Can riders transfer stress to their horses? A study presented at the International Equitation Science Symposium several years ago confirms it…
53 pairs of horses and riders were tested (each of the 26 horses at least twice with a different rider). Riders were also asked to rate different aspects of their riding skills on a scale from 1-10, for instance their nervousness and harmony (quality of communication) between themselves and the horse. The riders were asked to ride a course that included the following situations:
1) Riding walk as a control situation.
2) The rider was made nervous by telling him/her falsely to expect the horse to be startled by a water-jet.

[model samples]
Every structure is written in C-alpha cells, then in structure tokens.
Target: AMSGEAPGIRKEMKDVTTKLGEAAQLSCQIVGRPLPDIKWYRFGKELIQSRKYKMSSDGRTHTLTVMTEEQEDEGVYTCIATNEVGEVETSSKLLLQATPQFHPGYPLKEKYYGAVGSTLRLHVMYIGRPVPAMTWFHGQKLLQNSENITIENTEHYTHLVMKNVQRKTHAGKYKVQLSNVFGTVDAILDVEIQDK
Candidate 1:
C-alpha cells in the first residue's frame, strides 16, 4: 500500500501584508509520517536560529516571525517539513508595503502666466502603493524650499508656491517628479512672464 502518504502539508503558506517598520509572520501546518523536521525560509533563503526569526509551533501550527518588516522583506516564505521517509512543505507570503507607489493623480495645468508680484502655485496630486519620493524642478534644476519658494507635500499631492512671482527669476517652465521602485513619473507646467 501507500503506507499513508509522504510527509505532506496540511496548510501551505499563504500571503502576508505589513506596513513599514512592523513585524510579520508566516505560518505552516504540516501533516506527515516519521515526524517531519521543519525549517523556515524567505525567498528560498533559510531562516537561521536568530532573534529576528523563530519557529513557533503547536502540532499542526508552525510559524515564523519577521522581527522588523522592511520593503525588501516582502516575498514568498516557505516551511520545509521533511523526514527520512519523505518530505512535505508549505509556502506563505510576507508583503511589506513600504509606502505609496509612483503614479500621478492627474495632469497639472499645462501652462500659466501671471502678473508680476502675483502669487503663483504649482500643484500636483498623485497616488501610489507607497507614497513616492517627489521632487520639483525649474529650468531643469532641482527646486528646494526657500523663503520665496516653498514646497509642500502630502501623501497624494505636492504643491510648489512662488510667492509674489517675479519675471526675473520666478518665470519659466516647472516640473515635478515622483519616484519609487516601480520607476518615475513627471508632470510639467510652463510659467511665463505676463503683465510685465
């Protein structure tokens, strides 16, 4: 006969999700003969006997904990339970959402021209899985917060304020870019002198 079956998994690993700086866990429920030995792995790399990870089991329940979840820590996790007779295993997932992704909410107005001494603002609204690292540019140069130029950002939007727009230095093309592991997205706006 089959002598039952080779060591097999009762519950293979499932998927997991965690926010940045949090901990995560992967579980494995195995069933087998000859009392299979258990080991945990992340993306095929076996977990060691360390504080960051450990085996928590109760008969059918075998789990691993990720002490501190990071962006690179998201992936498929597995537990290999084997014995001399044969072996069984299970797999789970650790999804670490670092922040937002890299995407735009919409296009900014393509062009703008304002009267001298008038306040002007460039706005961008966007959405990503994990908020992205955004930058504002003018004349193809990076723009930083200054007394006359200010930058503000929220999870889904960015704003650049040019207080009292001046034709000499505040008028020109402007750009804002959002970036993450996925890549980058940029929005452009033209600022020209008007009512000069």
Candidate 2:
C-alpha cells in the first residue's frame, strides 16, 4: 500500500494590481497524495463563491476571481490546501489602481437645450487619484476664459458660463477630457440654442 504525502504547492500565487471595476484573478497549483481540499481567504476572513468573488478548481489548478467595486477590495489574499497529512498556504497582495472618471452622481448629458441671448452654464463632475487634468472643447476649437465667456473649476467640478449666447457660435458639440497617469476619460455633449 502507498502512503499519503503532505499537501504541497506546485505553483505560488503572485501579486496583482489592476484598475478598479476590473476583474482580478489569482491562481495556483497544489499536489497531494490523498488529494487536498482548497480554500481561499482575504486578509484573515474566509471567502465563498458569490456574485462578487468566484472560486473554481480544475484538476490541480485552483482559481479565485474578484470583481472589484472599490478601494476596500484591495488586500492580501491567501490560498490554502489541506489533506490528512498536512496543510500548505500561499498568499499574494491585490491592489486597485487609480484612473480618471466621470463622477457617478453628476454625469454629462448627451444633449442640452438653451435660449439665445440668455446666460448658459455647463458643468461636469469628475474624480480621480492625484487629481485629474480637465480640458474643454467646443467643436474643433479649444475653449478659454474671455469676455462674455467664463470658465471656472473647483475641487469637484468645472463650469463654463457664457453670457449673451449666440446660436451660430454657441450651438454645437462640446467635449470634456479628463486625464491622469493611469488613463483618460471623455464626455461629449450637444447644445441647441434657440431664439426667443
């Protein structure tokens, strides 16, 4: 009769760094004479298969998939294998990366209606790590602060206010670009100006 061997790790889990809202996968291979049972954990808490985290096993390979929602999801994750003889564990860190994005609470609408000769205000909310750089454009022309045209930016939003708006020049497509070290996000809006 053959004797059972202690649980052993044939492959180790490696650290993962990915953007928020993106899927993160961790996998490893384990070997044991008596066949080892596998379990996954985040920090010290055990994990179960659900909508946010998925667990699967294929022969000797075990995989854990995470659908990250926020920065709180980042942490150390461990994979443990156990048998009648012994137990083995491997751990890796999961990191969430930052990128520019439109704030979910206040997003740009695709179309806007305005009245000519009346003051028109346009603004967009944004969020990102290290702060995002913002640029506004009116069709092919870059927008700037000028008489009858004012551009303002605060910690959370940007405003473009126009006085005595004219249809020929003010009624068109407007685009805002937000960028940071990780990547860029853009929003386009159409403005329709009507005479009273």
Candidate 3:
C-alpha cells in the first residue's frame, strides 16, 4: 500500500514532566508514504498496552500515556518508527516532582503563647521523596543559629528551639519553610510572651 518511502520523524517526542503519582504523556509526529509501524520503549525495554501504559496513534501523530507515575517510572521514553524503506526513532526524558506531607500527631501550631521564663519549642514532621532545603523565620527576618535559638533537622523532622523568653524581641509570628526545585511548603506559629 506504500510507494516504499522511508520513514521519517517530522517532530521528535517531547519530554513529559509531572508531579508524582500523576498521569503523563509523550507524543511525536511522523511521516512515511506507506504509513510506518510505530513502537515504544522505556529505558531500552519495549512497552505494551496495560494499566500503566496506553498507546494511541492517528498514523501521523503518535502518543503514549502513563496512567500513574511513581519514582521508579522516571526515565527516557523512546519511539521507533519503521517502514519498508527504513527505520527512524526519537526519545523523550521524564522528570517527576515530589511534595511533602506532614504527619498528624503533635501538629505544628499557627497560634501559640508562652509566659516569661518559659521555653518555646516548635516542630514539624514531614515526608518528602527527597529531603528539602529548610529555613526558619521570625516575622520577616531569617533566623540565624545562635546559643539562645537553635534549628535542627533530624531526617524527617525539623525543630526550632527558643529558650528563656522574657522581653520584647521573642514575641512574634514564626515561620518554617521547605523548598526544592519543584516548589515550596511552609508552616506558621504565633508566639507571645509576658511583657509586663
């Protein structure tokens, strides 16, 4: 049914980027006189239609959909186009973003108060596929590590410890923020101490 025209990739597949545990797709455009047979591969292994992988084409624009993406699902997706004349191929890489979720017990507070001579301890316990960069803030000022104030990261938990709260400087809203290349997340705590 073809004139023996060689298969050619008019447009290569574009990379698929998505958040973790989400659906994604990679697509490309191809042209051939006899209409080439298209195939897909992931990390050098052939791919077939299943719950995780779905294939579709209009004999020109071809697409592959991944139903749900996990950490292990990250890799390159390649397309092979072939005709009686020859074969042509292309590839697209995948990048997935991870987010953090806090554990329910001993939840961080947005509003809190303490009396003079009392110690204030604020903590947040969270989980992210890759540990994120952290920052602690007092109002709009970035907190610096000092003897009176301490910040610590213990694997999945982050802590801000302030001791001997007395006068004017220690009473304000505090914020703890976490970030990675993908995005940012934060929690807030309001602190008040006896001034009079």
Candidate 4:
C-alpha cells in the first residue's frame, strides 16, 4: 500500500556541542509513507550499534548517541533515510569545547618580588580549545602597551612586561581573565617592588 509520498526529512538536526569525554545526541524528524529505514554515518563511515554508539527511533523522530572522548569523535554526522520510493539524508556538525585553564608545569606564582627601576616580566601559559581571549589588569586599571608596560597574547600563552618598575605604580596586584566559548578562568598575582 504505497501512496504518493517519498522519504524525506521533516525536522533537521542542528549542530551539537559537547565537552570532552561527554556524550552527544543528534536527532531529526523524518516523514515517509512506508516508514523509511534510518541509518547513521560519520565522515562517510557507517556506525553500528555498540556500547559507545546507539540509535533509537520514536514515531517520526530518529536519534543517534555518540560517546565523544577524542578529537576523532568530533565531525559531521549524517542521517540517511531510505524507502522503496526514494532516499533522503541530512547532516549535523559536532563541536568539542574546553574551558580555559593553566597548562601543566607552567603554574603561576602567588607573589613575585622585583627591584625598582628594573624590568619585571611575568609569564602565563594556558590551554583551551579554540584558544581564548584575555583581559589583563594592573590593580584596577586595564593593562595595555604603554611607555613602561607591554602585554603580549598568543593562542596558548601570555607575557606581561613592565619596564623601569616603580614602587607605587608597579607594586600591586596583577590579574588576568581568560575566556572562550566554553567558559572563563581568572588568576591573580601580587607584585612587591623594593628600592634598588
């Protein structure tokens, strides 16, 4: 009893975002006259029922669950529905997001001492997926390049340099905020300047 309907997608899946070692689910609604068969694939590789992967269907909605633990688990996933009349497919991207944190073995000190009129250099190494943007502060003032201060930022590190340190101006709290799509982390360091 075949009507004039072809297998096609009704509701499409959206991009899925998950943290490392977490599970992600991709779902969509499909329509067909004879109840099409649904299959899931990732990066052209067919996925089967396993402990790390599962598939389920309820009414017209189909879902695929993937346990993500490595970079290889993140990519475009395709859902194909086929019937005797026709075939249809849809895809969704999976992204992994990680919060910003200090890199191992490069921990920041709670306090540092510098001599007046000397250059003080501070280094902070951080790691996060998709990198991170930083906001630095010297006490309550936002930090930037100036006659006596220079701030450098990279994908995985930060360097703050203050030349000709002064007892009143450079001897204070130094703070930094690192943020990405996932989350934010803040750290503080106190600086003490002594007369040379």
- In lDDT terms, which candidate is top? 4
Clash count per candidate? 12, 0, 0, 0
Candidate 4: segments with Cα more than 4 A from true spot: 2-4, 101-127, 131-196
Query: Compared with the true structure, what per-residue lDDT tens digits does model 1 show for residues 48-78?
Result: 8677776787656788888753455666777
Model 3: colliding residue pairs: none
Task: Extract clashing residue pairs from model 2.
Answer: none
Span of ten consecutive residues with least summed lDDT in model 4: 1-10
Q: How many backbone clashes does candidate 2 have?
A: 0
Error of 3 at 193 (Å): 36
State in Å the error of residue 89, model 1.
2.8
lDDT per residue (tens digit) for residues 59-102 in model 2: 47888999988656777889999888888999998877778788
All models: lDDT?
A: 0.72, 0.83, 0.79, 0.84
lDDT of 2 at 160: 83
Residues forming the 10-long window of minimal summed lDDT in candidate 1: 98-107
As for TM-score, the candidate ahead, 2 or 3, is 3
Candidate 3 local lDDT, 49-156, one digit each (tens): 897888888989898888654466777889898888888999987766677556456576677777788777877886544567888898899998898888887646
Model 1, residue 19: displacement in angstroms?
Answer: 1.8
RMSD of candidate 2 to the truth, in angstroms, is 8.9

3) Both rider and horse were surprised by an experimenter unexpectedly opening and closing an umbrella.
The heart rate of the horses was registered.in each of these situations.
The results showed that heart rate of horses tended to be higher when only the rider or when both rider and horse were nervous compared to the control situation. The horse’s heart rate during all experimental situations were lower when the riders rated the horse’s responsiveness as good and when the riders had more experience.
These findings indicate that more trained riders and those more in harmony with the horse are at lower risk of inducing nervousness in the horse that can potentially lead to dangerous fear reactions in the horse. The conclusion of this study is that there is a transmission of nervousness from the rider to the horse but that this risk is smaller if the rider is trained and in harmony with the horse.